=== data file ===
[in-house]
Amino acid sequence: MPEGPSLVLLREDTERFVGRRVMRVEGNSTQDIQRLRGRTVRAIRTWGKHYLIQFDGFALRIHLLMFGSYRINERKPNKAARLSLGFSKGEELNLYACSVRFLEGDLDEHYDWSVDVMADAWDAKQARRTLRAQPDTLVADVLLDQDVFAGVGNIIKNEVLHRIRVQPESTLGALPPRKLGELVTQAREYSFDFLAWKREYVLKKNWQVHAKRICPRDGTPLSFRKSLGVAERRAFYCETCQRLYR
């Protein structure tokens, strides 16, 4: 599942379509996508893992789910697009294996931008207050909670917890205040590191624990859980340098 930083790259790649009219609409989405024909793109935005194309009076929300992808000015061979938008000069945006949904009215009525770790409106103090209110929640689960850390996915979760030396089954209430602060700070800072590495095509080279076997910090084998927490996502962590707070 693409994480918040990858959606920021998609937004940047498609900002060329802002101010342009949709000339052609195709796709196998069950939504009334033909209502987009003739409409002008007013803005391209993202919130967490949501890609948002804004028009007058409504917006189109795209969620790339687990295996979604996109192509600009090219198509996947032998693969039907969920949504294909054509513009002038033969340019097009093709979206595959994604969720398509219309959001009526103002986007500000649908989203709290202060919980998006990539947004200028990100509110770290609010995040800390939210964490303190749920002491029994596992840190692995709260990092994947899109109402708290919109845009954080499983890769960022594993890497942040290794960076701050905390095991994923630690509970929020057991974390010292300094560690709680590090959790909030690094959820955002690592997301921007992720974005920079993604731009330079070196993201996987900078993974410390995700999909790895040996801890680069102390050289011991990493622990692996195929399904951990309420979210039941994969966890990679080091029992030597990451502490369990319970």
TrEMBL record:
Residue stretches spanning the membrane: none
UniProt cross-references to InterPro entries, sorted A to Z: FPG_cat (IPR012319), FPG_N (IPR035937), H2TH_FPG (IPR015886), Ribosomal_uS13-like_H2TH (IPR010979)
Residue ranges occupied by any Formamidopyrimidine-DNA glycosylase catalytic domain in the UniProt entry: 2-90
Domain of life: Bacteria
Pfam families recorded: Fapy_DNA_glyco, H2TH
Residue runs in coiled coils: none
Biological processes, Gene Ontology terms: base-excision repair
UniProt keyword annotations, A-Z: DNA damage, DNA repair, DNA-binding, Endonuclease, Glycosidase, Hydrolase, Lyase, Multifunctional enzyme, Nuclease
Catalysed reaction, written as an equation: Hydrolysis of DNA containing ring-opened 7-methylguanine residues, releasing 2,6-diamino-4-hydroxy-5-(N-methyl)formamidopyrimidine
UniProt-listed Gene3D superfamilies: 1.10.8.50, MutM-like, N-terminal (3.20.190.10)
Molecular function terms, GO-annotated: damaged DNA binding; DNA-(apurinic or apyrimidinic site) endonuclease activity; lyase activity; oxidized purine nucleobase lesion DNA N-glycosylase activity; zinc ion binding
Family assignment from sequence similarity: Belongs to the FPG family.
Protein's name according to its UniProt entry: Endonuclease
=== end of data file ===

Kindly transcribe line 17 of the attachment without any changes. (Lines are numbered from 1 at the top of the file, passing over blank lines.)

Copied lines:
Protein's name according to its UniProt entry: Endonuclease